“This rift happened between the people who make and the people who draw and come up with the idea and there was this wonderful elevation of the designer… but without realising it, it demoted making… and the sense of togetherness as a team became a problem… If nobody really values you… it kind-of ‘alright, what do you want me to build?’”
By contrast, learning across the disciplines can have the effect of improving design through dialogue and collaboration:
“There was a quality of discussion you could have and a response from makers… because you have welded, you’re not a good welder but you can weld… they can have a level of discussion with you about that which isn’t abstract.”
–> By learning construction processes, architecture students will appreciate how hard it actually is to brick-lay thus get over this affliction that has been with us since Plato that physical work is demeaning.
A parallel can be made with putting on a play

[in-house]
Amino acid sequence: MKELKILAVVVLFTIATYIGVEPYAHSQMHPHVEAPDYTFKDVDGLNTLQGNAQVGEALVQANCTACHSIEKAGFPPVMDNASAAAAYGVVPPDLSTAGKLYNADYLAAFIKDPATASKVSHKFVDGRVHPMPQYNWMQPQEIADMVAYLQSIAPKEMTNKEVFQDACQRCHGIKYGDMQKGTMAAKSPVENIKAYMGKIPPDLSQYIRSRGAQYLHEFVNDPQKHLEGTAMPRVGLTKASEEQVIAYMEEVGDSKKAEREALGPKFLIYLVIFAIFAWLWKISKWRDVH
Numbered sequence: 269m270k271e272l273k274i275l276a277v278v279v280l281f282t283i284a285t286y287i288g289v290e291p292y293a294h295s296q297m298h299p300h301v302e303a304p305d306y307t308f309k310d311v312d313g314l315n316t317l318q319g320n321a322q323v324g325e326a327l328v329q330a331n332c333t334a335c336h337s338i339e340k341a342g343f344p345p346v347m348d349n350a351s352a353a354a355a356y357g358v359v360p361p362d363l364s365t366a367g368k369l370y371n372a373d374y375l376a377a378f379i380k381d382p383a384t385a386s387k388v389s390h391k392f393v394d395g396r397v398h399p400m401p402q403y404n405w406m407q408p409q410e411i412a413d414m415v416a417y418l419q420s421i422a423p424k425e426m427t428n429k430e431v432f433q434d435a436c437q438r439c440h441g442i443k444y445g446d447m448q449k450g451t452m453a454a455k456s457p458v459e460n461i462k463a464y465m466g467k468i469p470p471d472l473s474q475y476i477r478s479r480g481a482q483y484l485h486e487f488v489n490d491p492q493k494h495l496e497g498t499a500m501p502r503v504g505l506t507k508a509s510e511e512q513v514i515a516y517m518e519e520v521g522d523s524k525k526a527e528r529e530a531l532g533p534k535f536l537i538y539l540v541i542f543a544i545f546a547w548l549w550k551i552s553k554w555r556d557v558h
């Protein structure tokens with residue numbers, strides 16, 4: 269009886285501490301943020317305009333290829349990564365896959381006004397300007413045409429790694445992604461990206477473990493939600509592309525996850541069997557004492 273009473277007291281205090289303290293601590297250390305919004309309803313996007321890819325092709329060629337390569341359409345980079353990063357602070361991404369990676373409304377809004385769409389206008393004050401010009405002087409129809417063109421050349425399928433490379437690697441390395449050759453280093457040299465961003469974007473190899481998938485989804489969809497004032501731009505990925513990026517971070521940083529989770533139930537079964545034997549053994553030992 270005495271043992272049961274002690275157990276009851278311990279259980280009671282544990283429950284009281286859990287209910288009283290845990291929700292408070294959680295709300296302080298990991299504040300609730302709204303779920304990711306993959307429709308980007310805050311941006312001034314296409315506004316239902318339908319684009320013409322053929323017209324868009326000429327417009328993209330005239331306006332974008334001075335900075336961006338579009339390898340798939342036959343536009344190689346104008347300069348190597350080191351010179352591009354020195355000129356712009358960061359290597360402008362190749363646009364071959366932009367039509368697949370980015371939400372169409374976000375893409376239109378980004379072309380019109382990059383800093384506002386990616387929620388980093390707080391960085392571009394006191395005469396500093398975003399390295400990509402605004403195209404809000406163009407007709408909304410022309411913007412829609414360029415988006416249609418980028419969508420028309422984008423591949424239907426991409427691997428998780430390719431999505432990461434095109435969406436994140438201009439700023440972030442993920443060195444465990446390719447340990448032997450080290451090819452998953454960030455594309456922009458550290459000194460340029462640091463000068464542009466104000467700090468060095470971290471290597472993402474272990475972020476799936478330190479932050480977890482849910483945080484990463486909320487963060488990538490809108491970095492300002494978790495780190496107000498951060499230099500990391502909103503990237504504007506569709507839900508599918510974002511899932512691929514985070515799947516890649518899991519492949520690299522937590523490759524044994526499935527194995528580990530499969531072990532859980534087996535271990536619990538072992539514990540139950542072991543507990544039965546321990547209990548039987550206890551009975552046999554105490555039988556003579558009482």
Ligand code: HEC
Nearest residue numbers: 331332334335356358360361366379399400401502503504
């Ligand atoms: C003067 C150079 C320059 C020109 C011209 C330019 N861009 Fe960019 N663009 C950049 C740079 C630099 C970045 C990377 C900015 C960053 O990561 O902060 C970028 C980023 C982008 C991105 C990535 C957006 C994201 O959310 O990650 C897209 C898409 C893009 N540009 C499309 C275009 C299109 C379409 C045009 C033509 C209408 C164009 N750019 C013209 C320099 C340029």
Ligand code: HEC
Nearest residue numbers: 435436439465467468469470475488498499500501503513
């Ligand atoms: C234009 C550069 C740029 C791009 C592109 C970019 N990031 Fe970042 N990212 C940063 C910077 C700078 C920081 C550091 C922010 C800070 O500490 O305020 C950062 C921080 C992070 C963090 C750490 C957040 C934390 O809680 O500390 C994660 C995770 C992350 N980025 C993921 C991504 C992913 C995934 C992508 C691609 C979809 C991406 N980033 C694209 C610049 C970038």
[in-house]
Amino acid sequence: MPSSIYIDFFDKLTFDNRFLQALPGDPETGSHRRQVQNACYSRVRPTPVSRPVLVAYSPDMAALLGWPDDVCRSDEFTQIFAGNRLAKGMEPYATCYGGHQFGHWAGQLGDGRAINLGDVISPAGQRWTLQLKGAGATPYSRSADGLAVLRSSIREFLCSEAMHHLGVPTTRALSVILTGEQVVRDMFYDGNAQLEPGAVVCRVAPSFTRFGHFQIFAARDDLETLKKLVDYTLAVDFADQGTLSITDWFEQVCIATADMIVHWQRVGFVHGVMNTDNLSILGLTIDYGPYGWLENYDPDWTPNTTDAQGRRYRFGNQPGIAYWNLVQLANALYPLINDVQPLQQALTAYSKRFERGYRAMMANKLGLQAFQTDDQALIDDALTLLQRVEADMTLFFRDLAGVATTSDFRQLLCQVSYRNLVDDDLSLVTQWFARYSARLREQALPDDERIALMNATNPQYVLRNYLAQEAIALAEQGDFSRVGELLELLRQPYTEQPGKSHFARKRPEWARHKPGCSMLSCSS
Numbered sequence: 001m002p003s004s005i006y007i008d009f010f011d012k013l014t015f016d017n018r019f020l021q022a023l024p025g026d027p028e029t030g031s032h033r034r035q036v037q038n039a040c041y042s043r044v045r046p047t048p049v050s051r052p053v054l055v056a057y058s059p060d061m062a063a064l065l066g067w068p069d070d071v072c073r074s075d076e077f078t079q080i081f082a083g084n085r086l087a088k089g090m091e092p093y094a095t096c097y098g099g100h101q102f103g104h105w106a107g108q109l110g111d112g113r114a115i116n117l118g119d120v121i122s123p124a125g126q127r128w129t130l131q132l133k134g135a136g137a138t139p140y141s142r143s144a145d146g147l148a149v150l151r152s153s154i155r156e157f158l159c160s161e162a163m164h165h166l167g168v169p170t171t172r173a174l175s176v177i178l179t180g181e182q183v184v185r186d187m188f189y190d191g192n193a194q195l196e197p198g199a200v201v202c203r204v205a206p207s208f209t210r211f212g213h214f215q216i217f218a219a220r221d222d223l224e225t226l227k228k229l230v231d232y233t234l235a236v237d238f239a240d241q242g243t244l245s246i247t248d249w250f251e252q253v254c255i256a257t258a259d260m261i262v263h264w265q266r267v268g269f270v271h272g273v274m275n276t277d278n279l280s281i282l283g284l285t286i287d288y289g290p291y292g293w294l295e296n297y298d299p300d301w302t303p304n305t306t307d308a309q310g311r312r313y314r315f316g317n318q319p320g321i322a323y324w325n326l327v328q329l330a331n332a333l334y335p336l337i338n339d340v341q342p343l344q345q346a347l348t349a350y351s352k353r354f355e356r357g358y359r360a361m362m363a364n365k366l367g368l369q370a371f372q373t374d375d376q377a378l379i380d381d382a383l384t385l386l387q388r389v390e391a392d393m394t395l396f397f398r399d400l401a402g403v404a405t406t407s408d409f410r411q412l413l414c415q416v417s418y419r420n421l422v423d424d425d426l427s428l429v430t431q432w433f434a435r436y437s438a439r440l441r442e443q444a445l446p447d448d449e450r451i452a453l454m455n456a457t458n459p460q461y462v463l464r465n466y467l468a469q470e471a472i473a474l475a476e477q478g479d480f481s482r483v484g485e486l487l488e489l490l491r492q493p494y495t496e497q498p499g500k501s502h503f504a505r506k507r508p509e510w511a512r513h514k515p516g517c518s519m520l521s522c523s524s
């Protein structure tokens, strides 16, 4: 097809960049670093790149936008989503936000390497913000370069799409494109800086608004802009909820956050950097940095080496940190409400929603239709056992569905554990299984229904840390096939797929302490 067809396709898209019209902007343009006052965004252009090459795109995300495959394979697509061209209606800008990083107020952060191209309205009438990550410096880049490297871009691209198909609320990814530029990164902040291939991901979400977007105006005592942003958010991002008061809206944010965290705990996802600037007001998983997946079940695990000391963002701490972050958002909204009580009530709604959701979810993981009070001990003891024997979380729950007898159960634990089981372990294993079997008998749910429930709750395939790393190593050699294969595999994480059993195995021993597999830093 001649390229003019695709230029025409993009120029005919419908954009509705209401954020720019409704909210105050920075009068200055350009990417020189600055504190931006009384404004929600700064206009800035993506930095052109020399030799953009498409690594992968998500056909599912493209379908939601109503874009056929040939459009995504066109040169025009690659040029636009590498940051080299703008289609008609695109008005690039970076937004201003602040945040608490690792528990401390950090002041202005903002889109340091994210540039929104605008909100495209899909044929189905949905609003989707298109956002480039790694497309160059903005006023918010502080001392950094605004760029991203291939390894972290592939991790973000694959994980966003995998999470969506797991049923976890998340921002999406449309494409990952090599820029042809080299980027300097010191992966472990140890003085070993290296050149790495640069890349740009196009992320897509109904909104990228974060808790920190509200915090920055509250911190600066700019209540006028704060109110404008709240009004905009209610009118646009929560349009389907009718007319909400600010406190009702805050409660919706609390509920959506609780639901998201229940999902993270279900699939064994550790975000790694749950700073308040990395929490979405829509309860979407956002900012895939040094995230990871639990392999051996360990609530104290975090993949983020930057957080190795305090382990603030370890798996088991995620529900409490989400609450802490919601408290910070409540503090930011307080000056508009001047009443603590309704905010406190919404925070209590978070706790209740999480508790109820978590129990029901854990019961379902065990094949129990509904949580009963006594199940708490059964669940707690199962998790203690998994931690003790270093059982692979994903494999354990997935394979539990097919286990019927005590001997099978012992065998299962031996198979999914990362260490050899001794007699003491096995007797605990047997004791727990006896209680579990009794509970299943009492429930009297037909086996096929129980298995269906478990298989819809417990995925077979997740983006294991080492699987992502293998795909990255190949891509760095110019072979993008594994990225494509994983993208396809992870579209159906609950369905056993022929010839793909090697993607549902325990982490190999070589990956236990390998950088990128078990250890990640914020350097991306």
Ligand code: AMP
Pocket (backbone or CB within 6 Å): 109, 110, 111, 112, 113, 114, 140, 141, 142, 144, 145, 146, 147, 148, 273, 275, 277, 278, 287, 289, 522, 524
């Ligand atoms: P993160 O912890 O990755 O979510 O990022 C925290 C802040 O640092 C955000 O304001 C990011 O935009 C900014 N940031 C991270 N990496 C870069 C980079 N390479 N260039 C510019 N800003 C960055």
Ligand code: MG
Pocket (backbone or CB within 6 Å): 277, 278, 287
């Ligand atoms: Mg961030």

A parallel can be made between constructing a building and constructing a play. Here the writer and director act as architects, building from concepts and designing an approach to the story, the way they want it to come across. The actors are then the contractors; they take the ideas and manifest them in physical reality and in doing so bring their own creativity to forming characters; they ask questions and bring new ideas to the director. It is this dialogue that forms the finished play. The same should also be the case in building. If we were to go by today’s common practice in building, then the actors would be mere automatons, acting out the pure will of the director. The result would be that the actors either succeed in achieving what the director had in their head without contributing to its improvement; or, given that they have no investment in the product, cut corners to save effort, leaving us with a play like a roof that will start leaking. Theatre is at its best when the actors work with the director and communicate effectively and actors can offer suggestions like ‘I feel I could express the affection better if I moved closer…etc.’ In the same way, architecture has the potential to be more than just a stilted production if everybody involved in the project from starchitect to manager to contractor to intern is given a voice.